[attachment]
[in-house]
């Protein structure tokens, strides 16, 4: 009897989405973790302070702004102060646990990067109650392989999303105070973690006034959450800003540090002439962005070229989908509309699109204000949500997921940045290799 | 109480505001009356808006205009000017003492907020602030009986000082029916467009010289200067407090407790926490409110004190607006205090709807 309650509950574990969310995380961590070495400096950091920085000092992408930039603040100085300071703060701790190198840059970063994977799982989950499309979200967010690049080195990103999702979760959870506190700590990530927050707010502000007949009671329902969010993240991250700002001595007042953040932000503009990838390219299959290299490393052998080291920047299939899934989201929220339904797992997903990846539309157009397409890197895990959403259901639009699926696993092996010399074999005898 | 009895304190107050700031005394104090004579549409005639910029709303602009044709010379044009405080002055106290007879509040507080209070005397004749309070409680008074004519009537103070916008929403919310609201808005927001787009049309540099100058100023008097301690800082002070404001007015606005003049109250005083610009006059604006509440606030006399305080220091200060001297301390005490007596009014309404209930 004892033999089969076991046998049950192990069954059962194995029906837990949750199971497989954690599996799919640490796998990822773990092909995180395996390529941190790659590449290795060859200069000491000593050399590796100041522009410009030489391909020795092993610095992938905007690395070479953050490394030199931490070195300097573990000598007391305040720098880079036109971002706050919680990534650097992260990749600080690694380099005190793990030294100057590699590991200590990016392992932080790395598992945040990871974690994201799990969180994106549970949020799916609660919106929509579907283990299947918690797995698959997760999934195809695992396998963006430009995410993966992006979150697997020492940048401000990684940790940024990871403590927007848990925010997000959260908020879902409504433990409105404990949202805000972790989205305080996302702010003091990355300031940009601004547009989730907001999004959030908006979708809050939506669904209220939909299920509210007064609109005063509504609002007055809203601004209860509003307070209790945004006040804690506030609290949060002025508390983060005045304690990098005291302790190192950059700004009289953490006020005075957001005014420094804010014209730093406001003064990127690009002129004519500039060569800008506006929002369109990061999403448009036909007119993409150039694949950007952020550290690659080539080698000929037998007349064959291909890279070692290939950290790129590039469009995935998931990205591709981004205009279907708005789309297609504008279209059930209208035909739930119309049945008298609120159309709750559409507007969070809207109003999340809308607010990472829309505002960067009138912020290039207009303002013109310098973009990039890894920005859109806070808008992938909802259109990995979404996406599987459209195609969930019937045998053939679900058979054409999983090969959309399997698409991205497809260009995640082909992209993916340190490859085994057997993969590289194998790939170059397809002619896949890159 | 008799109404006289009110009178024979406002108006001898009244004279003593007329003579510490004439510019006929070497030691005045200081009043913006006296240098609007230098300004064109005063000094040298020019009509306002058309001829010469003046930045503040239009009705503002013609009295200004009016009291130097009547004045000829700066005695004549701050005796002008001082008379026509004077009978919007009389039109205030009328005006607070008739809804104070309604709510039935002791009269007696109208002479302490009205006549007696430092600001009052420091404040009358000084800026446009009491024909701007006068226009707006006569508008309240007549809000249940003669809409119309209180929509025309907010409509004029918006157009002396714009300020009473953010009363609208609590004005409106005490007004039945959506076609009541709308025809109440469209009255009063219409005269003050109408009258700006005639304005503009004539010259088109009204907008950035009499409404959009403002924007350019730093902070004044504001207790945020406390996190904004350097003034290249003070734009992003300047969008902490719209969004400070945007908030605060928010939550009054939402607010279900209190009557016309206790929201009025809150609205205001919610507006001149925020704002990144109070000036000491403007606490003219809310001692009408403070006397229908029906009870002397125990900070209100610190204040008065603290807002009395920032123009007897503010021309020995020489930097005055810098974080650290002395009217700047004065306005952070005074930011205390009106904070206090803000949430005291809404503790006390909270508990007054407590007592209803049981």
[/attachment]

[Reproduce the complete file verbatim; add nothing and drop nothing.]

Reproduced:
[in-house]
């Protein structure tokens, strides 16, 4: 009897989405973790302070702004102060646990990067109650392989999303105070973690006034959450800003540090002439962005070229989908509309699109204000949500997921940045290799 | 109480505001009356808006205009000017003492907020602030009986000082029916467009010289200067407090407790926490409110004190607006205090709807 309650509950574990969310995380961590070495400096950091920085000092992408930039603040100085300071703060701790190198840059970063994977799982989950499309979200967010690049080195990103999702979760959870506190700590990530927050707010502000007949009671329902969010993240991250700002001595007042953040932000503009990838390219299959290299490393052998080291920047299939899934989201929220339904797992997903990846539309157009397409890197895990959403259901639009699926696993092996010399074999005898 | 009895304190107050700031005394104090004579549409005639910029709303602009044709010379044009405080002055106290007879509040507080209070005397004749309070409680008074004519009537103070916008929403919310609201808005927001787009049309540099100058100023008097301690800082002070404001007015606005003049109250005083610009006059604006509440606030006399305080220091200060001297301390005490007596009014309404209930 004892033999089969076991046998049950192990069954059962194995029906837990949750199971497989954690599996799919640490796998990822773990092909995180395996390529941190790659590449290795060859200069000491000593050399590796100041522009410009030489391909020795092993610095992938905007690395070479953050490394030199931490070195300097573990000598007391305040720098880079036109971002706050919680990534650097992260990749600080690694380099005190793990030294100057590699590991200590990016392992932080790395598992945040990871974690994201799990969180994106549970949020799916609660919106929509579907283990299947918690797995698959997760999934195809695992396998963006430009995410993966992006979150697997020492940048401000990684940790940024990871403590927007848990925010997000959260908020879902409504433990409105404990949202805000972790989205305080996302702010003091990355300031940009601004547009989730907001999004959030908006979708809050939506669904209220939909299920509210007064609109005063509504609002007055809203601004209860509003307070209790945004006040804690506030609290949060002025508390983060005045304690990098005291302790190192950059700004009289953490006020005075957001005014420094804010014209730093406001003064990127690009002129004519500039060569800008506006929002369109990061999403448009036909007119993409150039694949950007952020550290690659080539080698000929037998007349064959291909890279070692290939950290790129590039469009995935998931990205591709981004205009279907708005789309297609504008279209059930209208035909739930119309049945008298609120159309709750559409507007969070809207109003999340809308607010990472829309505002960067009138912020290039207009303002013109310098973009990039890894920005859109806070808008992938909802259109990995979404996406599987459209195609969930019937045998053939679900058979054409999983090969959309399997698409991205497809260009995640082909992209993916340190490859085994057997993969590289194998790939170059397809002619896949890159 | 008799109404006289009110009178024979406002108006001898009244004279003593007329003579510490004439510019006929070497030691005045200081009043913006006296240098609007230098300004064109005063000094040298020019009509306002058309001829010469003046930045503040239009009705503002013609009295200004009016009291130097009547004045000829700066005695004549701050005796002008001082008379026509004077009978919007009389039109205030009328005006607070008739809804104070309604709510039935002791009269007696109208002479302490009205006549007696430092600001009052420091404040009358000084800026446009009491024909701007006068226009707006006569508008309240007549809000249940003669809409119309209180929509025309907010409509004029918006157009002396714009300020009473953010009363609208609590004005409106005490007004039945959506076609009541709308025809109440469209009255009063219409005269003050109408009258700006005639304005503009004539010259088109009204907008950035009499409404959009403002924007350019730093902070004044504001207790945020406390996190904004350097003034290249003070734009992003300047969008902490719209969004400070945007908030605060928010939550009054939402607010279900209190009557016309206790929201009025809150609205205001919610507006001149925020704002990144109070000036000491403007606490003219809310001692009408403070006397229908029906009870002397125990900070209100610190204040008065603290807002009395920032123009007897503010021309020995020489930097005055810098974080650290002395009217700047004065306005952070005074930011205390009106904070206090803000949430005291809404503790006390909270508990007054407590007592209803049981």